Sea turtle nesting on Georgia’s coast off last year’s pace

By David Pendered

As the sea turtle nesting season winds down along Georgia’s coast, the number of nests appears to have dropped by about 21 percent compared to this time last year, according to preliminary data compiled by seaturtle.org.

sea turtle

The number of sea turtle nests counted so far this year is about 21 percent off the number counted last year. File/Credit: Georgia Wildlife Resources Division

The total number of nests of all turtle species counted this year in May, June and July was 1,652. That compares to a total count of nests of all species for the same three months in 2017 of 2,099. This year’s count is a few days short of representing a complete July.

The decline in nesting patterns also appears in the number of false crawls that have been observed. False crawls are noted when a turtle track on the beach shows the turtle had left the ocean, headed up the beach, and made a U-turn to return to the ocean.

To date this year, 1,515 false crawls have been observed. This compares to 2,021 false crawls observed during the same period of 2017, according to records kept by seaturtle.org.

It’s not likely the number of nests of any turtle species will rebound in August.

The major nesting period is in June and July, when the number of nests reaches well into the triple digits. The number of nests falls to a few dozen in August, according to records of past years compiled by seaturtle.org.

Predators have presented a major threat to sea turtle nests this year. The list of animals is startling, in that it speaks to the array of species with which humans share the coastline.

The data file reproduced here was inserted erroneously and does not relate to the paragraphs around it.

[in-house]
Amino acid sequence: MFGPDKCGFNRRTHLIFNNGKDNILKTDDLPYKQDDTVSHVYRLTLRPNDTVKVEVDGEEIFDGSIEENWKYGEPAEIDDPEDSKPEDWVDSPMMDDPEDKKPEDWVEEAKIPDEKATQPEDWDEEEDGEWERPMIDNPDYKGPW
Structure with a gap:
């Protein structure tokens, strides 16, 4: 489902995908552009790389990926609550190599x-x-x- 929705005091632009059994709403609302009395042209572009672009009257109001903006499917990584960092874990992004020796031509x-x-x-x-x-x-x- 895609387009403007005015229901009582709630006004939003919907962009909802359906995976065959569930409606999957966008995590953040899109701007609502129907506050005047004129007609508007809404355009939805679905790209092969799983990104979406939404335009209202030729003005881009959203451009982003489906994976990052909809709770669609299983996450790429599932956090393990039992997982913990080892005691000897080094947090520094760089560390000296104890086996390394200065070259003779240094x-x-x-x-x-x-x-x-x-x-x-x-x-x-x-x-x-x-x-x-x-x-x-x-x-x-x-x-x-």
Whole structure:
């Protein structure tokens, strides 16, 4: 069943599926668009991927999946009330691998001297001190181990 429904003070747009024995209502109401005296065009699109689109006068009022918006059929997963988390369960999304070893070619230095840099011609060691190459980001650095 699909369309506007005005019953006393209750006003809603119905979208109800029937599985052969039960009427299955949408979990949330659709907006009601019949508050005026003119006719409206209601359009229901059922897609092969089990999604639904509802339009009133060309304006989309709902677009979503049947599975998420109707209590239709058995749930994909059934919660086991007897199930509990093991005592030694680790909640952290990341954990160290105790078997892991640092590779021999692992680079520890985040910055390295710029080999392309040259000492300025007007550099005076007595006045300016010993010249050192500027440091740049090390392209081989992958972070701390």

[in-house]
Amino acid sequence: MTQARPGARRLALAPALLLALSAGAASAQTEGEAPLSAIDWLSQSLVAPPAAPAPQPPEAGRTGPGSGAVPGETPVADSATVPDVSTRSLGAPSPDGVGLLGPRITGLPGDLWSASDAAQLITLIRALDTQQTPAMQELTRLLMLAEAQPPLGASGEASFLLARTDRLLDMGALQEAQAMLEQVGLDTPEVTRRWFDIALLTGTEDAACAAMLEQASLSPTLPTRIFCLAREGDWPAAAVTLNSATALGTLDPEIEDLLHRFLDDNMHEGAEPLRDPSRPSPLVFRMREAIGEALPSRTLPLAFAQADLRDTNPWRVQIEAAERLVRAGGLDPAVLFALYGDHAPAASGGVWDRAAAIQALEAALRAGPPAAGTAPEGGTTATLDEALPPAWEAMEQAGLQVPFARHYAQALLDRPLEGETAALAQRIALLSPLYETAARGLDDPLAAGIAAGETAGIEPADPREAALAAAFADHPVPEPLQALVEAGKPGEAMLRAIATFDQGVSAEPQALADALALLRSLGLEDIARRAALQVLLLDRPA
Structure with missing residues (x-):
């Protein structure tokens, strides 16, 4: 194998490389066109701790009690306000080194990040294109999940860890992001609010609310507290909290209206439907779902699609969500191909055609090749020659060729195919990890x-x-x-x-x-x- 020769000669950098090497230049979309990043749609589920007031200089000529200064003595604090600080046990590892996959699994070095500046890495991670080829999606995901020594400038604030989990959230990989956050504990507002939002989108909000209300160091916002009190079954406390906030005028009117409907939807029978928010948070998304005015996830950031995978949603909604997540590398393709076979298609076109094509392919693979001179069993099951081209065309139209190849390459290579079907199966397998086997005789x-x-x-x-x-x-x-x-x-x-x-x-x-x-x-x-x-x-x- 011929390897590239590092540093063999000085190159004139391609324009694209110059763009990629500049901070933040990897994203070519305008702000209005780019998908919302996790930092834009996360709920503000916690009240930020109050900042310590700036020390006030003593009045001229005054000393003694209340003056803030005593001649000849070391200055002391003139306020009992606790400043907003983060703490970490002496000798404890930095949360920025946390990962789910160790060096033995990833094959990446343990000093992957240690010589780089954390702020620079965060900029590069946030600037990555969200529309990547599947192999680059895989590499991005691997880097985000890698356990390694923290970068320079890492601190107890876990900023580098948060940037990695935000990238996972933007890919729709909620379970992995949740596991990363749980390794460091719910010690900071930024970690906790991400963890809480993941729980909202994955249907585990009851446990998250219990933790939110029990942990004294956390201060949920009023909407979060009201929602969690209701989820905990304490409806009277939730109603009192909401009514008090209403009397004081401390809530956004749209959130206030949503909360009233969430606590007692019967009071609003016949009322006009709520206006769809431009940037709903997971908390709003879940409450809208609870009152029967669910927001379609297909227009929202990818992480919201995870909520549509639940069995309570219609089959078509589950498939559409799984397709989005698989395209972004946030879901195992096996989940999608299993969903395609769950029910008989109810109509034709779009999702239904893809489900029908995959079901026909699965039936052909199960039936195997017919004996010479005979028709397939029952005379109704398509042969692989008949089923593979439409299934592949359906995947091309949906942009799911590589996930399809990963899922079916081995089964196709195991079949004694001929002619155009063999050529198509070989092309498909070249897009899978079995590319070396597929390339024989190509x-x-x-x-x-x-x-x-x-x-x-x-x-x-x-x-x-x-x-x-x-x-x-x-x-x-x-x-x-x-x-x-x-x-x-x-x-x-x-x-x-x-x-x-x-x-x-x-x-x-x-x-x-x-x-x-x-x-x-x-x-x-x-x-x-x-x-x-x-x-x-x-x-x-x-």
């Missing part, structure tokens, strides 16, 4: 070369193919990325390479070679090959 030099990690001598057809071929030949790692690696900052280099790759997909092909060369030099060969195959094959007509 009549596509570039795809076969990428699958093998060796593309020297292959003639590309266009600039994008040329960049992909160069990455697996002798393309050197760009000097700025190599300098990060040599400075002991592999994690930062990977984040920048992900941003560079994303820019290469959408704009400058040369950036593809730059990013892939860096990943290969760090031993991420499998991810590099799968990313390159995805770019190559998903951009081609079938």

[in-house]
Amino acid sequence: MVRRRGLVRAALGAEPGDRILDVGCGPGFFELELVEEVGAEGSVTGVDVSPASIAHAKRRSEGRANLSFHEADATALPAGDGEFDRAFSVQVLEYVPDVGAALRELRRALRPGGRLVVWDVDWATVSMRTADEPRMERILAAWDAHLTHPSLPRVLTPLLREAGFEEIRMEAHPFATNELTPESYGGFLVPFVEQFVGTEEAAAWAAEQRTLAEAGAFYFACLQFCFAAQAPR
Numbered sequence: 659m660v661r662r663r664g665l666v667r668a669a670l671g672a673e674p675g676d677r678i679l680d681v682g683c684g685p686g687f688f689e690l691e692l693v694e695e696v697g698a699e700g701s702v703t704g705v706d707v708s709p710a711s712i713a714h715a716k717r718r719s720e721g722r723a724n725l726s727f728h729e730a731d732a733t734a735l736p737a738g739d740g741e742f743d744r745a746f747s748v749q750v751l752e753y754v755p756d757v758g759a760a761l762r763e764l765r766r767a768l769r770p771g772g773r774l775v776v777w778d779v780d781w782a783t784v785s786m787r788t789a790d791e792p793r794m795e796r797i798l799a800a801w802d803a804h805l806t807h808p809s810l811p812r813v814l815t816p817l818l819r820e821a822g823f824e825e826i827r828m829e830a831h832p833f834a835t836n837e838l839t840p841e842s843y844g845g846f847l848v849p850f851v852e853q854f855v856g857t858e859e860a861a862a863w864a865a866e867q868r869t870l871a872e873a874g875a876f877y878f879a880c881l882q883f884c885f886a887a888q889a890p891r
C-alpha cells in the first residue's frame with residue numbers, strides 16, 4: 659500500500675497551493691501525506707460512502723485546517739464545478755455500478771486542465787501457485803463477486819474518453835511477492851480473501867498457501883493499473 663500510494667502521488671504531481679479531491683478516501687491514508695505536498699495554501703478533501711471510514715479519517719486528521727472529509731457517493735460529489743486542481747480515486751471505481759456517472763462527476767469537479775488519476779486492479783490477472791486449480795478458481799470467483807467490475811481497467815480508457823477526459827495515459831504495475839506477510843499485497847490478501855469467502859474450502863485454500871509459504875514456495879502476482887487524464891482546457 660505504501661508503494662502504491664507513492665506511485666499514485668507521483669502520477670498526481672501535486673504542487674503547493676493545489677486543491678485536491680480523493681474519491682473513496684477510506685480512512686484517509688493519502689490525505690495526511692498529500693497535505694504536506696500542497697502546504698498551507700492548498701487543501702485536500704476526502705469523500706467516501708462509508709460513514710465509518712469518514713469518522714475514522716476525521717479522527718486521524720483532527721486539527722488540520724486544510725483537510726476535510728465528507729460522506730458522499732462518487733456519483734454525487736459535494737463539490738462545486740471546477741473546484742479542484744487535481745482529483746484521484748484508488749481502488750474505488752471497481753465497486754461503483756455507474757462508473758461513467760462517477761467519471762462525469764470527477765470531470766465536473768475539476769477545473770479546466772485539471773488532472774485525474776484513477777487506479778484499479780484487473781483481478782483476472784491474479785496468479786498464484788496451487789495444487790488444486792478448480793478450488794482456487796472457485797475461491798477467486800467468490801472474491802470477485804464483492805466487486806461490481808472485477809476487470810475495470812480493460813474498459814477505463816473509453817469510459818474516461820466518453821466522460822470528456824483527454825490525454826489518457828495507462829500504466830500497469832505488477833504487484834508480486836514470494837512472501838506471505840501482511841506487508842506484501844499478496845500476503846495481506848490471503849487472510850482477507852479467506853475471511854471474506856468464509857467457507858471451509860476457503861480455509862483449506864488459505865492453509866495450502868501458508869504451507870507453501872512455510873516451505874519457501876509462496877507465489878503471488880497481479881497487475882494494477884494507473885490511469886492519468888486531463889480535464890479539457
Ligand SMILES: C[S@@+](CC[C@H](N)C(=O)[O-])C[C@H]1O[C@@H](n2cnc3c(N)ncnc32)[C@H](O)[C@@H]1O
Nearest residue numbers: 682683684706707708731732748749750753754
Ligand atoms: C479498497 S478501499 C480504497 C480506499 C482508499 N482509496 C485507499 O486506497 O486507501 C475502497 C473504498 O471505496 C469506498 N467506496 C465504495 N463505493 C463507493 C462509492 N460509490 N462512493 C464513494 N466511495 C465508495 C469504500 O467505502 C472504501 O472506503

Raccoons have been the major cause of nest losses this year. Raccoons are followed by:

sea turtle, raccoon

Raccoons have been the No. 1 predator of sea turtle eggs along Georgia’s coastline this year. Credit: seaturtleexploration.com

  • Ghost crabs;
  • Armadillos;
  • Coyotes;
  • Hogs;
  • Tide storm;
  • Foxes.

In 2017, tide storms were the major cause of lost nests. Hogs were No. 2 on the list, followed by :

  • Raccoons;
  • Armadillos;
  • Ghost crabs;
  • Coyotes;
  • Foxes.

The nesting count that’s available on seaturtle.org’s webpage is compiled by the Georgia Department of Natural Resources. The state started counting turtle nests in 1989.

Nest of loggerhead turtles are of keen interest, given their precarious posture in the world.

Since 1978, loggerheads have been listed as threatened by the U.S. Endangered Species Act. This status means loggerheads are, “likely to become endangered in the foreseeable future throughout all or a significant portion of its range.” Endangered species are on the brink of extinction, according to a report by the U.S. Fish and Wildlife Service.

Spotters this year have counted 1,648 nests of loggerhead turtles. That compares to a count of 2,152 during the same period last year, according to seaturtle.org’s records.

Over time, the number of loggerhead nests found in Georgia has been rising steadily since 2004, when a low of 358 nest were counted

The state’s record high was set in 2016, when a total of 3,289 loggerhead turtle nests were found on Georgia’s barrier islands. The number was 2,155 in 2017, according to a statement from for the Georgia Department of Natural Resources.

 

sea turtle, false crawl

Sea turtles who leave the ocean to lay eggs are almost as likely to return to the water with out laying their eggs than they are to lay eggs in a nest, as recorded on this beach in North Carolina. Credit: emeraldisle-nc.org

David Pendered, Managing Editor, is an Atlanta journalist with more than 30 years experience reporting on the region’s urban affairs, from Atlanta City Hall to the state Capitol. Since 2008, he has written for print and digital publications, and advised on media and governmental affairs. Previously, he spent more than 26 years with The Atlanta Journal-Constitution and won awards for his coverage of schools and urban development. David graduated from North Carolina State University and was a Western Knight Center Fellow. David was born in Pennsylvania, grew up in North Carolina and is married to a fifth-generation Atlantan.

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